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If you were around in the area in the 70s and 80s, then you are familiar with Moore family. The Moore Family Mountain Crafts in Ashford, Washington provided a place for a multitude of talented …

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Eatonville and Indian Legends of Mount Rainer

Submitted by on June 18, 2012 – 5:19 pm5 Comments

Eatonville, looking down on Mashell, with Mount Rainier in the background

Eatonville, looking down on Mashell, with Mount Rainier in the background

This early shot of Eatonville shows a big of the downtown with Mount Rainier in the background.

Native American Legends
Native Americans saw mountains and male or female. It turns out that depending on the legend, Mount Rainier could be either.

“The Cowlitz had two legends . . . First, Mount Rainier (Takhoma) and Mount Adams (Pahto) were the wives of Mount St. Helens (Seuq). A terrible quarrel ensued between the wives and during the course of it, Takhoma stepped on all of Pahto’s children and killed htem. The two women turned into mountains.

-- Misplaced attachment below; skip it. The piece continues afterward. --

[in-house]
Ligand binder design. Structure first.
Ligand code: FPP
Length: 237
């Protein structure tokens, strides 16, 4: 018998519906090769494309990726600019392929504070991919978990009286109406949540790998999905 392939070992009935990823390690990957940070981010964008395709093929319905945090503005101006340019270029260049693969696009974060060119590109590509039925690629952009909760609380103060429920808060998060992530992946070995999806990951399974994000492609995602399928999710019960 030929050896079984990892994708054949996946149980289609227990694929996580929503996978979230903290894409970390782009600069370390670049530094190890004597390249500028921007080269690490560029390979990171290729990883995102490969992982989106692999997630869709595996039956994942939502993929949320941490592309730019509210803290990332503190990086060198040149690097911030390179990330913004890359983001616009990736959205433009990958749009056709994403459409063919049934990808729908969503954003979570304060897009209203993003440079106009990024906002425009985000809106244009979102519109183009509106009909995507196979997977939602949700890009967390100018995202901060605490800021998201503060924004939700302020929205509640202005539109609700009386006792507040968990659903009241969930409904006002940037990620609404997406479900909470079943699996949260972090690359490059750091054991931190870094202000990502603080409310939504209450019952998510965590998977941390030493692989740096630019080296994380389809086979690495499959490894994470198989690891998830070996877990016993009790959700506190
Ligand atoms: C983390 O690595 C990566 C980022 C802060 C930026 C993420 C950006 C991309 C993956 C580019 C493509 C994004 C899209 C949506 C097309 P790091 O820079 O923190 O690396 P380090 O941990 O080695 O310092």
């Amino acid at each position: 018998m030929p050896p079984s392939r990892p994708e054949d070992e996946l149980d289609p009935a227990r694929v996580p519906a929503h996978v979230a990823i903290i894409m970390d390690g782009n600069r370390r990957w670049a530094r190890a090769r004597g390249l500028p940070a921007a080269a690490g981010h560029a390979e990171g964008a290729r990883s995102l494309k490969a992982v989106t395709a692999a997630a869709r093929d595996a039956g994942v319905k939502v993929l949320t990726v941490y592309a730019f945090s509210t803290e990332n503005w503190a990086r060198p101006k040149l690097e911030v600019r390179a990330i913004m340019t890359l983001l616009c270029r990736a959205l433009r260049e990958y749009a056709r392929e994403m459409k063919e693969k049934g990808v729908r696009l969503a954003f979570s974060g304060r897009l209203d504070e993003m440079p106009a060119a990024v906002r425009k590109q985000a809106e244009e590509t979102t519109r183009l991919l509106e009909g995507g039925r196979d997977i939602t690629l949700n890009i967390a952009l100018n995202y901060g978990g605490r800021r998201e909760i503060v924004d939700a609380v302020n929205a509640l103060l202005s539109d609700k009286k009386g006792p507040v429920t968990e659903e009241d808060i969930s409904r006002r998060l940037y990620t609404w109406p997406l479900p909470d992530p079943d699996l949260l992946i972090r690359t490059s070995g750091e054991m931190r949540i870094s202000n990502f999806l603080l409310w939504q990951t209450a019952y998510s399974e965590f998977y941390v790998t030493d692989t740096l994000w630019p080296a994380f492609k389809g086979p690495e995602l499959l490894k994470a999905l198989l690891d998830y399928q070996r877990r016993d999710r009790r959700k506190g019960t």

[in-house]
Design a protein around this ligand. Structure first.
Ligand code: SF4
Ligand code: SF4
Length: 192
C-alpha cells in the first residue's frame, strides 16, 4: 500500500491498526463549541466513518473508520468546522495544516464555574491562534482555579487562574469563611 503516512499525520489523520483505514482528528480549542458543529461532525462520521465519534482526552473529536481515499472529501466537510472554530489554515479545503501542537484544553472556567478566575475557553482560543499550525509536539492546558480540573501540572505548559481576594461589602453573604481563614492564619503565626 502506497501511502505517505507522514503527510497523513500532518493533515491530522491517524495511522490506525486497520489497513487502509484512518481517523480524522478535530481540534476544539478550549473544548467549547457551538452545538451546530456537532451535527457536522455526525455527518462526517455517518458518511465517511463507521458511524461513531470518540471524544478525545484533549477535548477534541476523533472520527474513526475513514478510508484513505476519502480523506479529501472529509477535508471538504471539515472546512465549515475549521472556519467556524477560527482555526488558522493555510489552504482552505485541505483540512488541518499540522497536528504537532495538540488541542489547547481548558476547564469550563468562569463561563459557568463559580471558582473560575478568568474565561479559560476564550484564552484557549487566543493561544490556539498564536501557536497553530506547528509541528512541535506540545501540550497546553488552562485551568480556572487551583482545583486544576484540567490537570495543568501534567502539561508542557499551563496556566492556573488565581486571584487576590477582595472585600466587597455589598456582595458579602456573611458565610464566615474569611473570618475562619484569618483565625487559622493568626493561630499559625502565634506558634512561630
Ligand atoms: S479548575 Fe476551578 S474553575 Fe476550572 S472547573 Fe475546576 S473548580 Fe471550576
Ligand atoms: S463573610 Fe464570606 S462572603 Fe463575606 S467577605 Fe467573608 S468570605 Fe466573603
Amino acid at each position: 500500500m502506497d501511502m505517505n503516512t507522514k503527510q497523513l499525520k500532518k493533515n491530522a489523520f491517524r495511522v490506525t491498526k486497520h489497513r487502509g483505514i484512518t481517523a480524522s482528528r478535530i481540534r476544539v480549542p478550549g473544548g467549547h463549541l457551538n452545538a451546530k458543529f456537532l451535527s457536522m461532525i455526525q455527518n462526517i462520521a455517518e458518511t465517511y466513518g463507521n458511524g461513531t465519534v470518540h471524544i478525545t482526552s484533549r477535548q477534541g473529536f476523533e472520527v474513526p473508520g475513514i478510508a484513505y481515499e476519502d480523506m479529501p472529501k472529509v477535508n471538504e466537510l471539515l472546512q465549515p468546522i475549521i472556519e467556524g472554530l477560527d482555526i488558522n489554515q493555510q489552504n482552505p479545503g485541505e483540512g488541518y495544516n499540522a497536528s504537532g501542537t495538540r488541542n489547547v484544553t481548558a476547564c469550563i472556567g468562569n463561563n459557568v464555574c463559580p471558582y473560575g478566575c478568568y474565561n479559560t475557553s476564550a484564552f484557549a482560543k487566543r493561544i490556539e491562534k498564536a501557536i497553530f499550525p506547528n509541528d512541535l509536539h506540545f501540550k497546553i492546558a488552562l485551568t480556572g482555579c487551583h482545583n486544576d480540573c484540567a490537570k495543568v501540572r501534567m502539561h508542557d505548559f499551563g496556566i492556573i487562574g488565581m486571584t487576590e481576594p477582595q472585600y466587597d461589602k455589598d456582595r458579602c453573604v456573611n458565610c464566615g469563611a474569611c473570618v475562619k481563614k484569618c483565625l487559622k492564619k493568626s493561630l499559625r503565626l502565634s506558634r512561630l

“Under the next legend, Mount Rainier and Mount St. Helens were once separated by an inland sea. They had a fierce fight over who would rule the region, and hurled hot rocks at each other, shot flames form their sujmits and rained ash on the water between them. The birds finally intervened and took Rainier far inland, then peace settled on the land again.” (Per The Big Fact Book About Mount Rainier.)

Photo courtesy of Pat Van Eaton.

Click in image to enlarge.


  • David Beane says:

    I’m thinking those Indians (oops, Native Americans) were eating some very good Peyote mushrooms !! They could have been smoking some of that wild marijuana plant in their peace pipes also !!

  • Vinny Setala says:

    There are no psychoactive mushrooms in Washington, and even psilocybin mushrooms were not used by coastal tribes for “vision quests” I live on what was called “The Spirit Ridge” right between Rainier and St. Helen’s (can see both from the back, and often check them for upcoming localized weather.

    A couple of days ago, I noticed at mid-day the entire snow cap of Rainier was bright red (full daylight, no clouds. Was looking for what THAT means as all the other predictors are dead on the money, and in almost 50 years I have never seen that before.

    Anybody know of the significance of this phenomenon?


  • agustus says:

    i like it and it makes total sense

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